Archaeology Archives:  Excavating the Record

The papers posted here were presented at three panel discussion sessions, at three professional conferences held in 2013:  the College Art Association (CAA, February 13-16, in New YorkOpen link in new window), the Visual Resources Association (VRA, April 2-7, ProvidenceOpen link in new window), and the Art Libraries Society of North America (ARLIS/NA, April 25-29, Pasadena Open link in new window). These sessions brought to light some of the important archives associated with archaeological excavations as traditionally sponsored by academic institutions.  These archives, largely hidden to all but a handful of scholars and usually known primarily by word of mouth, are now being made visible through the use of new technologies and creative collaborations among and within the sponsoring institutions.  Speakers presented case studies detailing collaborations among archaeologists and scholars; library, technical services, and digital media staffs, that bring these important records to a wider audience, highlighting collections both of traditional and digital media. The intent of posting our papers is to raise the visibility of these important archives, generate discussion, and perhaps ultimately to create a web-based resource collecting information about these important projects in one publicly accessible place.

Archaeology archives consist of hard-copy materials in a variety of formats; traditional photographic media in a variety of formats; and now digital records, also in a variety of formats.  In addition, excavation direction and funding may be undertaken by more than one institution at the same site, which may result in geographically scattered archives.  For example, the Abydos site is excavated by scholars from many institutions (Brown, Yale, Penn, IFA among them), and hard-copy archival materials reside in at least three different places.  The migration to digital records has not changed this institutional scattering; as scholars move from institution to institution, their excavation records may go with them, further complicating future research.  Older archives of excavation records share the problems of all archives:  climate control, storage, cataloging, access, and discovery.  How can we best make use of these disparate materials, geographically scattered as they are, and in so many different formats?  Presenters started to answer these crucial questions.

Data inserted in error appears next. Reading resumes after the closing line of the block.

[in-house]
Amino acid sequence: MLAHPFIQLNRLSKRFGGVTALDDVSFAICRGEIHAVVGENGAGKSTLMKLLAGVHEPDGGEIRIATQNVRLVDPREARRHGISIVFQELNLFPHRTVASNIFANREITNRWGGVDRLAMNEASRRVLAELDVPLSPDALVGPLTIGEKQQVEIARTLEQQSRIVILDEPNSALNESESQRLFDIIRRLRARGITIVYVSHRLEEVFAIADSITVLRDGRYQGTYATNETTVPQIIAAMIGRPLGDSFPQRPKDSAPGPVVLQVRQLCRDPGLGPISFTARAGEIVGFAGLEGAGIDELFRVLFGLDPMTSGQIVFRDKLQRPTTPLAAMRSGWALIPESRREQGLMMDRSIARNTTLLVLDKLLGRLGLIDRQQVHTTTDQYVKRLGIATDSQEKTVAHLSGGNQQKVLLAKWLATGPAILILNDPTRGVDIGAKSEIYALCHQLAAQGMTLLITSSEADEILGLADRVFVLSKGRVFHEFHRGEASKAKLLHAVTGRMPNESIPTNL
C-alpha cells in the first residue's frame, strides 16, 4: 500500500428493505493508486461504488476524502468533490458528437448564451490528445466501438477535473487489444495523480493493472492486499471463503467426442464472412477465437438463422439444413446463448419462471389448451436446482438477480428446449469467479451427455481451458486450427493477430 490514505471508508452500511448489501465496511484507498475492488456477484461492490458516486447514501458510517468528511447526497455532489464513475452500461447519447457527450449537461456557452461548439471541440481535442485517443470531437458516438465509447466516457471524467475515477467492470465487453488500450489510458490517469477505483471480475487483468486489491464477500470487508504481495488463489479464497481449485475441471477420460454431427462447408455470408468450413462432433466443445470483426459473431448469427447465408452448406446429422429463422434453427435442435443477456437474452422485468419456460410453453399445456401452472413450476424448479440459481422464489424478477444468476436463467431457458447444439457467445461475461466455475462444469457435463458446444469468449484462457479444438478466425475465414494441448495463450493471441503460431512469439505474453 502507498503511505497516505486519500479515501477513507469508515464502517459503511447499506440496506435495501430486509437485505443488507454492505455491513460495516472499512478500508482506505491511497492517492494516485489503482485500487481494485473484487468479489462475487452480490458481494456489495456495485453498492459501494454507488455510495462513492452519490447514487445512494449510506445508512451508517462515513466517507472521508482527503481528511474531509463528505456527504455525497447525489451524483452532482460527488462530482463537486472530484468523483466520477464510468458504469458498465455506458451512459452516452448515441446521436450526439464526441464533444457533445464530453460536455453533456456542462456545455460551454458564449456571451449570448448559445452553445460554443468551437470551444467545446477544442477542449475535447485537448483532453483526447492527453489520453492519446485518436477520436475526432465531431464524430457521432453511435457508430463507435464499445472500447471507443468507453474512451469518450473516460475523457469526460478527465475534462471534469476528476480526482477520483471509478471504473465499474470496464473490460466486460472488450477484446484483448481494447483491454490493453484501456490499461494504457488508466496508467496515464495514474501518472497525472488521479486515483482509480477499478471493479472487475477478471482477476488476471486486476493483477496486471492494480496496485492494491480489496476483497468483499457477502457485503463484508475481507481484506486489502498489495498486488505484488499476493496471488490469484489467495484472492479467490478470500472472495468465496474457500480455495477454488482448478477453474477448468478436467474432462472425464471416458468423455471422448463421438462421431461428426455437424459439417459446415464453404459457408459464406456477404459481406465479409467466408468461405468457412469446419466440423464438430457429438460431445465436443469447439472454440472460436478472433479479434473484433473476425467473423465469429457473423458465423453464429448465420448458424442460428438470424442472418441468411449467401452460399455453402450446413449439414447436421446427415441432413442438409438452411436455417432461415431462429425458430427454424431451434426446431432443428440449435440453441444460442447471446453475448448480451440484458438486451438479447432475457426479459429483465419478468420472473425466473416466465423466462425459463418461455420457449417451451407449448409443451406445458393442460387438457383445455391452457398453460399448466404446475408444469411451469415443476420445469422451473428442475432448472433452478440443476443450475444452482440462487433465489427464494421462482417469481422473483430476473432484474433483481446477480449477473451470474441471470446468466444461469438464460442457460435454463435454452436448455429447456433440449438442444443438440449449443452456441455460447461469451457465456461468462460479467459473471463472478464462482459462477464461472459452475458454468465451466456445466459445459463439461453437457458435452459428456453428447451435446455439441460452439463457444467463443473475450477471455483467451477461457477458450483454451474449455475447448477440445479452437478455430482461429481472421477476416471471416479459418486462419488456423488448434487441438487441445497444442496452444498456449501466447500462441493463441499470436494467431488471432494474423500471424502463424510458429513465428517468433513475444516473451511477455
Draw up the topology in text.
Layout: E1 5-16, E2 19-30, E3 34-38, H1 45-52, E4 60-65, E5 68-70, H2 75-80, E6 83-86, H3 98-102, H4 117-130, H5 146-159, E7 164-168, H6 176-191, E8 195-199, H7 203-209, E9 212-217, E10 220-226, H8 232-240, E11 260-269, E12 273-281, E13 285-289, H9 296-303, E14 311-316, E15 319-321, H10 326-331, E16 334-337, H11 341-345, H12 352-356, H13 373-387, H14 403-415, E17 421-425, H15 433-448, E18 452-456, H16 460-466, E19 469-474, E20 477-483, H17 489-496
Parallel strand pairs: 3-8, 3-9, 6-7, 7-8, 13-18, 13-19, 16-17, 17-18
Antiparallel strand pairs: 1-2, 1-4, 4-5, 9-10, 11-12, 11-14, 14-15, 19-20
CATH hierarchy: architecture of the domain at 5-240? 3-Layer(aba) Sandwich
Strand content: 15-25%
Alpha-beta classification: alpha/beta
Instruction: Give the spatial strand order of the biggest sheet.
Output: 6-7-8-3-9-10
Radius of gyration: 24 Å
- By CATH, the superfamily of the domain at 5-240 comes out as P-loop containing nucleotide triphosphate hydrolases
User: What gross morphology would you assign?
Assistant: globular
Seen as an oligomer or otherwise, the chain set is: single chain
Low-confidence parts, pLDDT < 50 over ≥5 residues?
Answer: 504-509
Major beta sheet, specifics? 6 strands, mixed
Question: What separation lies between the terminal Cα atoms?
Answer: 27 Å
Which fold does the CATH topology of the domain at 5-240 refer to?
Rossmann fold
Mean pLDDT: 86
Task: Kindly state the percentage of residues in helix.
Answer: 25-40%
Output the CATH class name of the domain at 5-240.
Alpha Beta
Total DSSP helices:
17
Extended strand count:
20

The links below will bring up abstracts, full text, and/or PowerPoint presentations as provided by the presenters.

Presenters at CAAOpen link in new window
(Jenni Rodda, Institute of Fine Arts/NYU, moderator)


Trudy Buxton Jacoby, Princeton University [abstract Open link in new window] [full paperOpen PDF in new window]

Ileana Selejan, Institute of Fine Arts/NYU [abstract Open link in new window] [full paperOpen PDF in new window]

Alexander Sokolicek, Institute of Fine Arts/NYU [abstract Open link in new window]

Lucie Wall Stylianopoulos, University of Virginia [abstract Open link in new window] [full paperOpen PDF in new window]

Presenters at VRAOpen link in new window
(Trudy Buxton Jacoby, Princeton University, moderator)


Jenni Rodda, Institute of Fine Arts/NYU [abstract Open link in new window] [full paperOpen PDF in new window]

Laurel Bestock, Brown University [abstract Open link in new window] [full paperOpen PDF in new window]

Shalimar Fojas White, Dumbarton Oaks [abstractOpen link in new window] [full paperOpen PDF in new window]

Lucie Wall Stylianopoulos, University of Virginia [abstract Open link in new window] [full paperOpen PDF in new window]

Presenters at ARLIS/NAOpen link in new window
(Amy Navratil Ciccone, University of Southern California, moderator)


Trudy Buxton Jacoby, Princeton University [abstract Open link in new window] [full paperOpen PDF in new window]

Lucie Wall Stylianopoulos, University of Virginia [abstract Open link in new window] [full paperOpen PDF in new window]

Shalimar Fojas White, Dumbarton Oaks [abstract Open link in new window] [full paperOpen PDF in new window]

Kim Collins, Emory University [abstract Open link in new window]

IFA Archaeology Journal

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